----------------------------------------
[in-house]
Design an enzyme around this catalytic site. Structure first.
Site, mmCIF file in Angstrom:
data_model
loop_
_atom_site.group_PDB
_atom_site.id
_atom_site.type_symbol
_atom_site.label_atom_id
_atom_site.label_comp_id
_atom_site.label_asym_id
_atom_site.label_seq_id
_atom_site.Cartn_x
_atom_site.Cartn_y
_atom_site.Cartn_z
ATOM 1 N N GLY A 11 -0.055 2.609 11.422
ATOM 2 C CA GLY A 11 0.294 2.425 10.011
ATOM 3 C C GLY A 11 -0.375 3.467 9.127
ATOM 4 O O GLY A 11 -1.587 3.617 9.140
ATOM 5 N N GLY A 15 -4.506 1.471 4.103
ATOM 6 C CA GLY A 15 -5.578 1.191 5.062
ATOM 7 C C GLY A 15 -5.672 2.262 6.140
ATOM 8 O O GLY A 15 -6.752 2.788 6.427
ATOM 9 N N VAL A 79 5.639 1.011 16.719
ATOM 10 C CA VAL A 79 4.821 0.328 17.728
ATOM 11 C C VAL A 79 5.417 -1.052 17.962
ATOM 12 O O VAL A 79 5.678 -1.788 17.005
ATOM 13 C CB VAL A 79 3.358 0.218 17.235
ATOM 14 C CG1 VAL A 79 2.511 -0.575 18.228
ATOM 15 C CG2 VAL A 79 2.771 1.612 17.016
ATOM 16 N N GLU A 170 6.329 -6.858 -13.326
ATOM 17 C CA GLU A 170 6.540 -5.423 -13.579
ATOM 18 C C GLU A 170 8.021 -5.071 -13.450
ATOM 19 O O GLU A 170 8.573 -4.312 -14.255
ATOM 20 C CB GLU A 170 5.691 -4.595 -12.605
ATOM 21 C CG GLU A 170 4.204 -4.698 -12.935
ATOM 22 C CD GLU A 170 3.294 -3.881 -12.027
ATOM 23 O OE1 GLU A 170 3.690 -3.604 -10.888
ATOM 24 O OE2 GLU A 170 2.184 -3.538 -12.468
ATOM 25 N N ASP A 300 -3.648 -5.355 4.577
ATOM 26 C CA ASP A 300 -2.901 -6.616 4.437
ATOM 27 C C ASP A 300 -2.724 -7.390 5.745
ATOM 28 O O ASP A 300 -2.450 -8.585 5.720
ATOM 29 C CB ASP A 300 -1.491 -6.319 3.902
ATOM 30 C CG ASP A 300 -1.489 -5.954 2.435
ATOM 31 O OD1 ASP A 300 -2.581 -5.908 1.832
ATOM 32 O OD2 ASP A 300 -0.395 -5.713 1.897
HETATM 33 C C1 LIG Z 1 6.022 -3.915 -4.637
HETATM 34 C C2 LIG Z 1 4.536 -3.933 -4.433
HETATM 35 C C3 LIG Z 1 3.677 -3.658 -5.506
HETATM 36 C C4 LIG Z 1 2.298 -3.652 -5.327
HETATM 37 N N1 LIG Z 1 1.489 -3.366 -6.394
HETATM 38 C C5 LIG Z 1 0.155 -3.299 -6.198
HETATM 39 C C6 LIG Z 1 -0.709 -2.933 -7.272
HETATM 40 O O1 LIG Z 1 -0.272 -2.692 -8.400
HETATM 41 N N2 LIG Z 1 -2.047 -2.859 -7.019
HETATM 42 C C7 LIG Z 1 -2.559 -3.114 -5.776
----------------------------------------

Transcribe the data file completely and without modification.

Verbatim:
[in-house]
Design an enzyme around this catalytic site. Structure first.
Site, mmCIF file in Angstrom:
data_model
loop_
_atom_site.group_PDB
_atom_site.id
_atom_site.type_symbol
_atom_site.label_atom_id
_atom_site.label_comp_id
_atom_site.label_asym_id
_atom_site.label_seq_id
_atom_site.Cartn_x
_atom_site.Cartn_y
_atom_site.Cartn_z
ATOM 1 N N GLY A 11 -0.055 2.609 11.422
ATOM 2 C CA GLY A 11 0.294 2.425 10.011
ATOM 3 C C GLY A 11 -0.375 3.467 9.127
ATOM 4 O O GLY A 11 -1.587 3.617 9.140
ATOM 5 N N GLY A 15 -4.506 1.471 4.103
ATOM 6 C CA GLY A 15 -5.578 1.191 5.062
ATOM 7 C C GLY A 15 -5.672 2.262 6.140
ATOM 8 O O GLY A 15 -6.752 2.788 6.427
ATOM 9 N N VAL A 79 5.639 1.011 16.719
ATOM 10 C CA VAL A 79 4.821 0.328 17.728
ATOM 11 C C VAL A 79 5.417 -1.052 17.962
ATOM 12 O O VAL A 79 5.678 -1.788 17.005
ATOM 13 C CB VAL A 79 3.358 0.218 17.235
ATOM 14 C CG1 VAL A 79 2.511 -0.575 18.228
ATOM 15 C CG2 VAL A 79 2.771 1.612 17.016
ATOM 16 N N GLU A 170 6.329 -6.858 -13.326
ATOM 17 C CA GLU A 170 6.540 -5.423 -13.579
ATOM 18 C C GLU A 170 8.021 -5.071 -13.450
ATOM 19 O O GLU A 170 8.573 -4.312 -14.255
ATOM 20 C CB GLU A 170 5.691 -4.595 -12.605
ATOM 21 C CG GLU A 170 4.204 -4.698 -12.935
ATOM 22 C CD GLU A 170 3.294 -3.881 -12.027
ATOM 23 O OE1 GLU A 170 3.690 -3.604 -10.888
ATOM 24 O OE2 GLU A 170 2.184 -3.538 -12.468
ATOM 25 N N ASP A 300 -3.648 -5.355 4.577
ATOM 26 C CA ASP A 300 -2.901 -6.616 4.437
ATOM 27 C C ASP A 300 -2.724 -7.390 5.745
ATOM 28 O O ASP A 300 -2.450 -8.585 5.720
ATOM 29 C CB ASP A 300 -1.491 -6.319 3.902
ATOM 30 C CG ASP A 300 -1.489 -5.954 2.435
ATOM 31 O OD1 ASP A 300 -2.581 -5.908 1.832
ATOM 32 O OD2 ASP A 300 -0.395 -5.713 1.897
HETATM 33 C C1 LIG Z 1 6.022 -3.915 -4.637
HETATM 34 C C2 LIG Z 1 4.536 -3.933 -4.433
HETATM 35 C C3 LIG Z 1 3.677 -3.658 -5.506
HETATM 36 C C4 LIG Z 1 2.298 -3.652 -5.327
HETATM 37 N N1 LIG Z 1 1.489 -3.366 -6.394
HETATM 38 C C5 LIG Z 1 0.155 -3.299 -6.198
HETATM 39 C C6 LIG Z 1 -0.709 -2.933 -7.272
HETATM 40 O O1 LIG Z 1 -0.272 -2.692 -8.400
HETATM 41 N N2 LIG Z 1 -2.047 -2.859 -7.019
HETATM 42 C C7 LIG Z 1 -2.559 -3.114 -5.776